Solos: Alone Together

Leading up to solos, I knew I had a lot of questions about what the weekend would bring out in me. Would I have a revelation? Would I come back a new person? Would I sleep at all? When applying to Maine Coast Semester, solos were one of the program features I found especially enticing. Solos at Maine Coast Semester are a chance for students to venture beyond the campus and out into the woods to spend 1-2 nights alone. Being from San Francisco, it’s not very often that you have the opportunity to see a sky blanketed in stars, woodpeckers in the forest canopy and the sounds of leaves rustling and tides shifting as you rest your head on your pillow. Going into the weekend, I felt extremely giddy and excited but also uncertain about the unknown, and what would happen while being alone for 24 hours.

On Friday morning as we gathered on the quad to do one last group meeting before walking out to our spots all over the neck, I felt proud. For the past several weeks, almost since arriving at Chewonki, the semester student body has been preparing for solos, which were,  as the outdoor skills staff called it, “the last mountain peak in the outdoor skills program.” During these classes, I’ve gained an incredible amount of knowledge about planning and preparing to enjoy outdoor treks and experiences. Just a few of the classes included learning to tie various knots we would need to secure the tarps we would use for shelter on solos, a wilderness medicine and first aid course and learning the 7 Leave No Trace Principles. As we stood in a circle on the quad, we were instructed to hold hands. We then took several steps back until we were no longer holding hands but were still close together. This was meant to show that even though we were going to be spread out all over Chewonki Neck, we were still going to be near each other. I think that this is not only true for solos but for all of the semester. The tight-knit community serves as a 24-hour source of support which is there to push you forward in times of insecurity and vulnerability. This eliminated the fear I had going into the weekend because my classmates and I would be enduring the experience together and I knew we would all come back being able to laugh and exchange stories about our trips.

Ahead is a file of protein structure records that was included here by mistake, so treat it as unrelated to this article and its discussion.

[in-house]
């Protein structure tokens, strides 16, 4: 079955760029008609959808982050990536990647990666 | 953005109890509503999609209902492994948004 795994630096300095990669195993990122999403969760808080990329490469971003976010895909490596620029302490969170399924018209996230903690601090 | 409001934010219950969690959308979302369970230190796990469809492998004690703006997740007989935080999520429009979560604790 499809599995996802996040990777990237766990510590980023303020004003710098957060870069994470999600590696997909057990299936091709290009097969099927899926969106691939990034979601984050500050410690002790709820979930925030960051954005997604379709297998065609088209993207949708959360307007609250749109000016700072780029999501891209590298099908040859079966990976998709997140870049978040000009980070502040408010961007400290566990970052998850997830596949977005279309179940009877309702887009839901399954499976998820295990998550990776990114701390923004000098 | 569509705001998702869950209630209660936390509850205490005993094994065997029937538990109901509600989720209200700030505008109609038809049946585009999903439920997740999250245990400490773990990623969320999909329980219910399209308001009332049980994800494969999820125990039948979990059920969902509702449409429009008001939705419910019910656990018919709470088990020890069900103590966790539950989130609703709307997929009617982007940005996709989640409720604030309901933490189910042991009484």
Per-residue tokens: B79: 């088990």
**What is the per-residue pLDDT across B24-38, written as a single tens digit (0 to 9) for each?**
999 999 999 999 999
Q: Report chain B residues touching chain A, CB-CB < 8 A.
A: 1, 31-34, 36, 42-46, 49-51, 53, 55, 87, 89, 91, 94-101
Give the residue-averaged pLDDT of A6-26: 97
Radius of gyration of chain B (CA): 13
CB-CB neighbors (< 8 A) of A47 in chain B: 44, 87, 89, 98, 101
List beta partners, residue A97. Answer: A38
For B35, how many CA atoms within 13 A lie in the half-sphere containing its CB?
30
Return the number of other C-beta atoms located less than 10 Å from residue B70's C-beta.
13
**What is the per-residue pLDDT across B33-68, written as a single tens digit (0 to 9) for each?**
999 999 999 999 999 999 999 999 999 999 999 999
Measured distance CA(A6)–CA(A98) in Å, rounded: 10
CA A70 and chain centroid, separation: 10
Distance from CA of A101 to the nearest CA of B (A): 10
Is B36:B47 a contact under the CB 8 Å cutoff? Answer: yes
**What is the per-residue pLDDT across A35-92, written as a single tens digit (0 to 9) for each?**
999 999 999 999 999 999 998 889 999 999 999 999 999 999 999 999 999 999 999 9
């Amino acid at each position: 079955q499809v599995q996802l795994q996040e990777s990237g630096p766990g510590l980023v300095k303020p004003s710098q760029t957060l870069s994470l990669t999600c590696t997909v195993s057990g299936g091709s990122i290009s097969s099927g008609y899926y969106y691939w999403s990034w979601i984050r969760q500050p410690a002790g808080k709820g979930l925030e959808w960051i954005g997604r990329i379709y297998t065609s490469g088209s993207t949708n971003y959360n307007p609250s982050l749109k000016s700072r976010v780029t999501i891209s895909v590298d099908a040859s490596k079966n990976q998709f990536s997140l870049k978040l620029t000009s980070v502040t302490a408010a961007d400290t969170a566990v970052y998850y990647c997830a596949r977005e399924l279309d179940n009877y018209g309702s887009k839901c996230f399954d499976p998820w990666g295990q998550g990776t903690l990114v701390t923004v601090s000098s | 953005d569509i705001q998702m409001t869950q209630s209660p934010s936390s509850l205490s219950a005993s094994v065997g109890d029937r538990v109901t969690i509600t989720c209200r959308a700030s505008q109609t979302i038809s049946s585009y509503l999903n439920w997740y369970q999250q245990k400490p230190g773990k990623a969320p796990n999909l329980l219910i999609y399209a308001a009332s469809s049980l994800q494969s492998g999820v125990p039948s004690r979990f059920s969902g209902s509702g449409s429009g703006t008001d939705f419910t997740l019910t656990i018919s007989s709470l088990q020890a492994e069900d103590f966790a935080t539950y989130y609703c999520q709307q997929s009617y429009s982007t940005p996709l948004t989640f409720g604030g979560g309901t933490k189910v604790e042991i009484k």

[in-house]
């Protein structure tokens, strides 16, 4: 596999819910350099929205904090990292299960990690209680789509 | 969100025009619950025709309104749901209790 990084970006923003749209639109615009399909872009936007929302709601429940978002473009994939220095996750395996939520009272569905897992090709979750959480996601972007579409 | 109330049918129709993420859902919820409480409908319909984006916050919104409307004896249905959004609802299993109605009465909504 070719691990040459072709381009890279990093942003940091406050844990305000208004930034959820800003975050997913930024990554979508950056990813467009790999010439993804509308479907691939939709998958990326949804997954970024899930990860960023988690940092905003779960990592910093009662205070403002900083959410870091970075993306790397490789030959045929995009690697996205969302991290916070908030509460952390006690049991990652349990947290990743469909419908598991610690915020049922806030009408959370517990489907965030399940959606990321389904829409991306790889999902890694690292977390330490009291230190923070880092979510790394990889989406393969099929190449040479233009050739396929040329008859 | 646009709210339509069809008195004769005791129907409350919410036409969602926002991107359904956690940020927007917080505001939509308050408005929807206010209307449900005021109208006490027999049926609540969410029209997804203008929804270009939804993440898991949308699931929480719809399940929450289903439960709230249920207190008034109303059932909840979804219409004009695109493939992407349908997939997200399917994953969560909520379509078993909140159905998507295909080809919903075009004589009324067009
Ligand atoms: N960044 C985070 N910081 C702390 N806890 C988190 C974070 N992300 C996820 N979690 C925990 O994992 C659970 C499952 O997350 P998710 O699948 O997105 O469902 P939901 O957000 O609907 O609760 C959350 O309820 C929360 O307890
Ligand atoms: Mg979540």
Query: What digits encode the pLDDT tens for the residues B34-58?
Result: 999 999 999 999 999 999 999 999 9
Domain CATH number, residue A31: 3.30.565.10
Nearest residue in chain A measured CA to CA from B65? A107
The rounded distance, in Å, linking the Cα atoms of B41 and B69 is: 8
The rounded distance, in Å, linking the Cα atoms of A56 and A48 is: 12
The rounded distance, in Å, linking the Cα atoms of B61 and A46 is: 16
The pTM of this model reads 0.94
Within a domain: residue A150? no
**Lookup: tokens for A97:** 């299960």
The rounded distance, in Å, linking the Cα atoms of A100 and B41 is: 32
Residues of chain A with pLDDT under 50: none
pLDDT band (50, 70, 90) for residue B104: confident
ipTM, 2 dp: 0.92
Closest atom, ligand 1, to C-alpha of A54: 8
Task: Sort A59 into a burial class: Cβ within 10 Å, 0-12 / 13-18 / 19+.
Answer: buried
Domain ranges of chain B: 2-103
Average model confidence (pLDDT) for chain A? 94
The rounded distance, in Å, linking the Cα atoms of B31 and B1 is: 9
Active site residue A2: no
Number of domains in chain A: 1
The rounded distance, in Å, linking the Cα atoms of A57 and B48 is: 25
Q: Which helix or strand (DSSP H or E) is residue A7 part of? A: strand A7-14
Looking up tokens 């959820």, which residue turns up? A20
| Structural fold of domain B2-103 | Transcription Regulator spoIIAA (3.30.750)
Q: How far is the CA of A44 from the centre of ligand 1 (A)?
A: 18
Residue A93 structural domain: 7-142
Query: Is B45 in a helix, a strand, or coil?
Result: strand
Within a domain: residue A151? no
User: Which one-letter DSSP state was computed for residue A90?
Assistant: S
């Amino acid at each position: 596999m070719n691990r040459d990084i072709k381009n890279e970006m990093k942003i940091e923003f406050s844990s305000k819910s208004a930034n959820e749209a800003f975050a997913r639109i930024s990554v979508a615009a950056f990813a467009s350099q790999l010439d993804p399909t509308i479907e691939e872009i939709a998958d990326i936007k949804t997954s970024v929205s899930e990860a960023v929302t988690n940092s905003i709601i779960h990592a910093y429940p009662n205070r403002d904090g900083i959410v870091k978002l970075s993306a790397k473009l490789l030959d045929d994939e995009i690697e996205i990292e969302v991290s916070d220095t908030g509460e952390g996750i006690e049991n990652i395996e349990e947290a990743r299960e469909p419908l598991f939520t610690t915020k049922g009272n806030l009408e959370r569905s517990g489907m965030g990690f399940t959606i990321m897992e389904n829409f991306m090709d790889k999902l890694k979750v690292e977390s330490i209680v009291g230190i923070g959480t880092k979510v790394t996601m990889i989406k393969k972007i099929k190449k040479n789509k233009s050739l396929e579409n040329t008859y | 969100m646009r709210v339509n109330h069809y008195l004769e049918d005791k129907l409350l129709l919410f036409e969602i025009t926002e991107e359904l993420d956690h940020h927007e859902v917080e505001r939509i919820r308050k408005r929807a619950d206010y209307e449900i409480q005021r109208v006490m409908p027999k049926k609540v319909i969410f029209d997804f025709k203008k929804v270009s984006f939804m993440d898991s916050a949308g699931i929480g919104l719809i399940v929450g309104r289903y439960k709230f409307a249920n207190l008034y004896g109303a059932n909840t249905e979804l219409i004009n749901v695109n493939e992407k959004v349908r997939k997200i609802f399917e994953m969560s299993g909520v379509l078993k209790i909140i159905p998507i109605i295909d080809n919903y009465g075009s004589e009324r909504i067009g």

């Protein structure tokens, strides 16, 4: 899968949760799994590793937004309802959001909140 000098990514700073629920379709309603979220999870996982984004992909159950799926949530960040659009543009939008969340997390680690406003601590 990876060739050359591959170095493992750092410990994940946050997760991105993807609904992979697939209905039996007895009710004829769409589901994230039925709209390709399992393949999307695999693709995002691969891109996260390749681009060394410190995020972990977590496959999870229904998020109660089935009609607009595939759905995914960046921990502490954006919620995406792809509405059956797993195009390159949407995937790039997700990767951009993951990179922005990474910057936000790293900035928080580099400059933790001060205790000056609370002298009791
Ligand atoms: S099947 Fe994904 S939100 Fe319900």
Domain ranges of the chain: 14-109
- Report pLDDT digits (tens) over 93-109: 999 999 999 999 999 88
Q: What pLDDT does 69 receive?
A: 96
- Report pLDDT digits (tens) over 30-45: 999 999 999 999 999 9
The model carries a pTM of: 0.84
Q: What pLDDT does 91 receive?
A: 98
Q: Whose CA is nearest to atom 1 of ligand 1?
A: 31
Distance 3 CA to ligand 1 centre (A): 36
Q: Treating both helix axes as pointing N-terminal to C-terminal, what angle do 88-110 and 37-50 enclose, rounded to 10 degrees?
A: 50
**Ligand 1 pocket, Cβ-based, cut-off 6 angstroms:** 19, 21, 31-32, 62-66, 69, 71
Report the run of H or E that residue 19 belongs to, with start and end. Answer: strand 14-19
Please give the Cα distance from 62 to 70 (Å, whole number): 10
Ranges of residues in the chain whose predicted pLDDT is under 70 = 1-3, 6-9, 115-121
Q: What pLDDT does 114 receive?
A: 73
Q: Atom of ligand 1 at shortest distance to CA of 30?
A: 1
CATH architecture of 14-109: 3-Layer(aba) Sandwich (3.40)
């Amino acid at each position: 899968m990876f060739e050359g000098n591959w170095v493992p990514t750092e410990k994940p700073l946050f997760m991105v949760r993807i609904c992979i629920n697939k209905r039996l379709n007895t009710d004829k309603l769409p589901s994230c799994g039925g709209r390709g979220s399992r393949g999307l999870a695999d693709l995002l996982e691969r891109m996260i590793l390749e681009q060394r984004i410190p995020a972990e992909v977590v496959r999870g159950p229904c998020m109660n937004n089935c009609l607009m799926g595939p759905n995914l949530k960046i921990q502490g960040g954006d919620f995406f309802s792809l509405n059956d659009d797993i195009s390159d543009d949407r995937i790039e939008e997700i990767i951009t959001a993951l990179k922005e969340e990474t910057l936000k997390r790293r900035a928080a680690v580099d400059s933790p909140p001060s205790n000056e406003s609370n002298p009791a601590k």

Solos turned out to be a truly transformative experience. I lay out on the rocks next to the water all day attempting to converse with wildlife, journaling, reading and knitting my first hat. I thought a lot about what I’d accomplished so far over the semester and the hopes I had for the months to come. The water turned a bright gold as the sun sank in the sky and the silhouettes of sandpipers grazed the glassy surface of the water. I was abruptly hit by how truly lucky I was to be out in the woods enjoying this experience, and even bigger than that, being able to come to Chewonki. Not everyone has the chance to learn in such a beautiful place, in a community of incredible people doing things for class like surveying streams and having homework assignments be 30 minutes of birdwatching. In that moment, I was overcome with feelings of self-fulfillment and fully relaxed with the concept of being alone outside. I knew I wasn’t alone because all 44 of my friends were looking out and taking in the same beautiful sunset as me.

-Zoe, Drew School, San Francisco, CA

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